I have a student, call him Karl, a self-described Marxist. Karl has read the first two volumes of Capital, and, given the clunky translations I’ve seen, that’s no mean feat. Within an hour of meeting him, Karl insisted on telling me that capitalism was doomed because it “fundamentally exploited the masses.”
Our relationship developed through questions, “do you think there might be any middle ground between private enterprise and public good?” (no, he didn’t), and conversations about books. Karl lent me his copy of Che Guevara’s Bolivian diaries. I gave him historian Eric Hobsbawm’s Age of Extremes, a magisterial history of the twentieth century.We talked Dostoyevsky. I wanted to know his thoughts about Crime and Punishment and Brothers Karamazov. Karl is not so doctrinaire as to withhold praising a bourgeois author; the Russian master passed muster.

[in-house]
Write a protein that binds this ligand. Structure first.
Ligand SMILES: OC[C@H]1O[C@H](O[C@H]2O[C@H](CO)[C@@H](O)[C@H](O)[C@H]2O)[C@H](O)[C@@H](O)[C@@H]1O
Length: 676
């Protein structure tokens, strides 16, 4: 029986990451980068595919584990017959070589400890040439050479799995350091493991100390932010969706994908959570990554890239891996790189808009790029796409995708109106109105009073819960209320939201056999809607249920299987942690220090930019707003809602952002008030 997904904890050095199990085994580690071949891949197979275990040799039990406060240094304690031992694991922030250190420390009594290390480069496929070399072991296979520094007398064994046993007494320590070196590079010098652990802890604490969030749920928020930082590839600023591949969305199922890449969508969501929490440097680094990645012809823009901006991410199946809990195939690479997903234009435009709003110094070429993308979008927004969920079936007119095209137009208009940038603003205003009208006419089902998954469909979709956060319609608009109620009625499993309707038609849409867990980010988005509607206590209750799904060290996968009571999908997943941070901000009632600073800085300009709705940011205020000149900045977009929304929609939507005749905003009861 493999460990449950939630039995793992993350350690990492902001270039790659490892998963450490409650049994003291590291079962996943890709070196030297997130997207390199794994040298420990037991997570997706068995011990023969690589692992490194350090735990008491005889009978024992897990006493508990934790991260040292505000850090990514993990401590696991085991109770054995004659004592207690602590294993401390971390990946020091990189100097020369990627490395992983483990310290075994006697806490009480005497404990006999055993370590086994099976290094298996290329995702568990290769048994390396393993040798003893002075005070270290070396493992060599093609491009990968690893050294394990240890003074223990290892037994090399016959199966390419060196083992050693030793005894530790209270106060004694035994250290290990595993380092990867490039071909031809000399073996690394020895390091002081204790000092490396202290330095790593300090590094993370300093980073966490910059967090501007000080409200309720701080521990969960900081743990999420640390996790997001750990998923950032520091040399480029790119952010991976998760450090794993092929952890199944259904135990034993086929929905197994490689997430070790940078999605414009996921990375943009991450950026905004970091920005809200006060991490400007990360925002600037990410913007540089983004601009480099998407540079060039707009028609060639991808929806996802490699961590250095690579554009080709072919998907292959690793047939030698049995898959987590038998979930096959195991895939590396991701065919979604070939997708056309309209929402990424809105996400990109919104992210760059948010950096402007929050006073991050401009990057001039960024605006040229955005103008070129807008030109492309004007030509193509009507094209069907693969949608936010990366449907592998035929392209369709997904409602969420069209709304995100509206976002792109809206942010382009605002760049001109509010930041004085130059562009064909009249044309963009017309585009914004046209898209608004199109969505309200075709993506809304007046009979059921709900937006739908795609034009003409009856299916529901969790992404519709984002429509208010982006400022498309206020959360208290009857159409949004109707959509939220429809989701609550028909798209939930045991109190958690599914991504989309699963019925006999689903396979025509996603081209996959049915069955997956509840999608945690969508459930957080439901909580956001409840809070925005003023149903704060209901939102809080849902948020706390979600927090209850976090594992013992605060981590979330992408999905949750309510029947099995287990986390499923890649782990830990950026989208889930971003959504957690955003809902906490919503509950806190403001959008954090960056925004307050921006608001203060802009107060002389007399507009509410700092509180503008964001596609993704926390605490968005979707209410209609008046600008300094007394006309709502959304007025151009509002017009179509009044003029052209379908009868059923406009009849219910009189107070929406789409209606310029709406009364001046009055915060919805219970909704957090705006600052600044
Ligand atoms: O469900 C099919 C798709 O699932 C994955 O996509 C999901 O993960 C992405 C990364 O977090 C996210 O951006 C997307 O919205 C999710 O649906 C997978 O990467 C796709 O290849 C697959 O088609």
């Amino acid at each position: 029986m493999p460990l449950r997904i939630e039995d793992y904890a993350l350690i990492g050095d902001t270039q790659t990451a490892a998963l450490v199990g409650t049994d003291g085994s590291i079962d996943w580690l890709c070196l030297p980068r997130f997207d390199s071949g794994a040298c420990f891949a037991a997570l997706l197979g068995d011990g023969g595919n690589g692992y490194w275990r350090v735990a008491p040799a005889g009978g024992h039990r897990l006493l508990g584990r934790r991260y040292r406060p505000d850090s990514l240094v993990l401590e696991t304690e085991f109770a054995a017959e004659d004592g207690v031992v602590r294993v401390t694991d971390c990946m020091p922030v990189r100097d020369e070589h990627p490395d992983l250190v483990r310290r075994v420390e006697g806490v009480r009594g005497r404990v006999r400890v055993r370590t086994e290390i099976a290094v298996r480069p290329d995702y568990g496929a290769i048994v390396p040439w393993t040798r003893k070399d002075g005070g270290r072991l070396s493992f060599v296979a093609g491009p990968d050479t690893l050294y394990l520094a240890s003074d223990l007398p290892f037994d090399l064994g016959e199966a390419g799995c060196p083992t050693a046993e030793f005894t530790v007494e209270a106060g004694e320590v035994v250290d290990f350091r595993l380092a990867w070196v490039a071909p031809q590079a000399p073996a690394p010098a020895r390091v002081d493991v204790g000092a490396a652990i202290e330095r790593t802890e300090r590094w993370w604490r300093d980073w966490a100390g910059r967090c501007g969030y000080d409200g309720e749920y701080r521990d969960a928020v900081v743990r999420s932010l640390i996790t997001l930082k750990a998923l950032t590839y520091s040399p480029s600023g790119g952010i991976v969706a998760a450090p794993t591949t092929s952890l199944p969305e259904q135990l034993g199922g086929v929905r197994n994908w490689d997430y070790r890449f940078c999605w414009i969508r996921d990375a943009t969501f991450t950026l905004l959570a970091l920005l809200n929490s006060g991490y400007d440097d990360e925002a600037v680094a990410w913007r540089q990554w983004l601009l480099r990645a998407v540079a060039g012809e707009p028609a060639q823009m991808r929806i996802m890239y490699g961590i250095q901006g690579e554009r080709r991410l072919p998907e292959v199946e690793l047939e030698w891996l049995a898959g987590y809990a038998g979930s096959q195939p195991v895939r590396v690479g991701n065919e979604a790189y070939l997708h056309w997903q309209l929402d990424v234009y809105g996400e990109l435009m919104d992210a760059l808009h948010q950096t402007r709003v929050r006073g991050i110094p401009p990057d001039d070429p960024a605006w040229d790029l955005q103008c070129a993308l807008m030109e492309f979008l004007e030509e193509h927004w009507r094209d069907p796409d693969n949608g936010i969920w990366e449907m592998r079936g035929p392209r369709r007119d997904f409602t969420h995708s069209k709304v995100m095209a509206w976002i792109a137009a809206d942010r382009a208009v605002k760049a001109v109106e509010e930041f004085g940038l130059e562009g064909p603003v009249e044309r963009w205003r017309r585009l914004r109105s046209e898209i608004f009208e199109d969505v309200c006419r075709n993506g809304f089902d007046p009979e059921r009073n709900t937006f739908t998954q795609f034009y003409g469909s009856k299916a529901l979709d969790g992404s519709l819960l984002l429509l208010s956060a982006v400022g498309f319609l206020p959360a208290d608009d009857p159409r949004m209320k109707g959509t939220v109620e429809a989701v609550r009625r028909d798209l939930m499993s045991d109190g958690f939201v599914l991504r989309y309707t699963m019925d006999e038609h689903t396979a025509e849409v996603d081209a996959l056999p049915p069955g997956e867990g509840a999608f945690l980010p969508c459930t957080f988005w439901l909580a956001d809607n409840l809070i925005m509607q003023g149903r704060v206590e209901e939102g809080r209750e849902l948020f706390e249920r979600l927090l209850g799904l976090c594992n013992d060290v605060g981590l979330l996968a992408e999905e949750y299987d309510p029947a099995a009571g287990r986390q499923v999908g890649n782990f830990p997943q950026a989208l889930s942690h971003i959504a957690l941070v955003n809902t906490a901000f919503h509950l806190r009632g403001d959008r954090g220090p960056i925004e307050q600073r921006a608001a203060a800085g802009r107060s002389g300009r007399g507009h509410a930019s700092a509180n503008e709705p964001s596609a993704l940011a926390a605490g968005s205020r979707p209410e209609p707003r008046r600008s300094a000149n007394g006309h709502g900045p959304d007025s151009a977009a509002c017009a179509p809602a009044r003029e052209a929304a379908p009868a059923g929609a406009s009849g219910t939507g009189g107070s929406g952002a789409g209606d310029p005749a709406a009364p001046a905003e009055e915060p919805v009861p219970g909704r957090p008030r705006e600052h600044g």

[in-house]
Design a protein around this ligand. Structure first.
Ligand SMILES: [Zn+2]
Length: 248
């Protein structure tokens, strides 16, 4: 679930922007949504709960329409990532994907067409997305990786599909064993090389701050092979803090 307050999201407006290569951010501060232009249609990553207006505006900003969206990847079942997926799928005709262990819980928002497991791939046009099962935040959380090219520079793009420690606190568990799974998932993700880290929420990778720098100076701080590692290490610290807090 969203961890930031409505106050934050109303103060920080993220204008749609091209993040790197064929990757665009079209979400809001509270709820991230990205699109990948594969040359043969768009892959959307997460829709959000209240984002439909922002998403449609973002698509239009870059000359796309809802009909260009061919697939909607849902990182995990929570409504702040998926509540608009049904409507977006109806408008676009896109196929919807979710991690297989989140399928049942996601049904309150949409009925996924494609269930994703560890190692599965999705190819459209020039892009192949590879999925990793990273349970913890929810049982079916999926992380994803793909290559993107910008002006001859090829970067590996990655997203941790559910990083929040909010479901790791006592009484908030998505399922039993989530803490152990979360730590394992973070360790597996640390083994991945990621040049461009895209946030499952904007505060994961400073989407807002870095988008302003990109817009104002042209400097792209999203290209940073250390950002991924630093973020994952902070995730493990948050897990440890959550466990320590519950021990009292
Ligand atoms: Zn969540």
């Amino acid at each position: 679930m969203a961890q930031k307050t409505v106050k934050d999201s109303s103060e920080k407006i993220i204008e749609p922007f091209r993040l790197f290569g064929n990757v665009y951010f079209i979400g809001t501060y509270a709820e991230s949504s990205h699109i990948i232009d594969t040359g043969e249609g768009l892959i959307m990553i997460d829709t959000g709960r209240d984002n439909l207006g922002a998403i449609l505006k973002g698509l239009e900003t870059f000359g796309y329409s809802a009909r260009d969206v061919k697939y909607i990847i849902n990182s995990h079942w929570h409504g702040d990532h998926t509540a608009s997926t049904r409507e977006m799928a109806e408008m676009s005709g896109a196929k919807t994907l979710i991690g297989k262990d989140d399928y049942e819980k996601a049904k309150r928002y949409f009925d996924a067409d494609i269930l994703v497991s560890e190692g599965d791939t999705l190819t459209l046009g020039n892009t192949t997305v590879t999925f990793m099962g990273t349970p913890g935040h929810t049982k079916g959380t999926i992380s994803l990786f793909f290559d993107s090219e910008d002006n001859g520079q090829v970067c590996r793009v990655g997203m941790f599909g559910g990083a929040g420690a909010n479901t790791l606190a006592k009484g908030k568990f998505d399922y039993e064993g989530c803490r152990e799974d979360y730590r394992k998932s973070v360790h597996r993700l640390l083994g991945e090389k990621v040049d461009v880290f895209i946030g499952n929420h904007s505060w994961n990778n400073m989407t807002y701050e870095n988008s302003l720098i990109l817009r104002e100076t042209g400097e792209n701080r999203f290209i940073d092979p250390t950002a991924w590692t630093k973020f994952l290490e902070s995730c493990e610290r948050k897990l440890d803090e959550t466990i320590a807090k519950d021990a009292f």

Karl is home now, graduated from the boarding school where I taught him, busily working through the reading list he pestered me for in the final weeks of class. He emailed recently saying he’d report on his progress before heading off to college.
Intellectually precocious, what marks Karl as truly unusual among peers is his habitual reading of books for pleasure. I have reached a point in my career, coinciding with norms of twenty-first century adolescence, where an inveterate reader stands out as obviously as the face-painted Goth I encountered in classrooms back in the…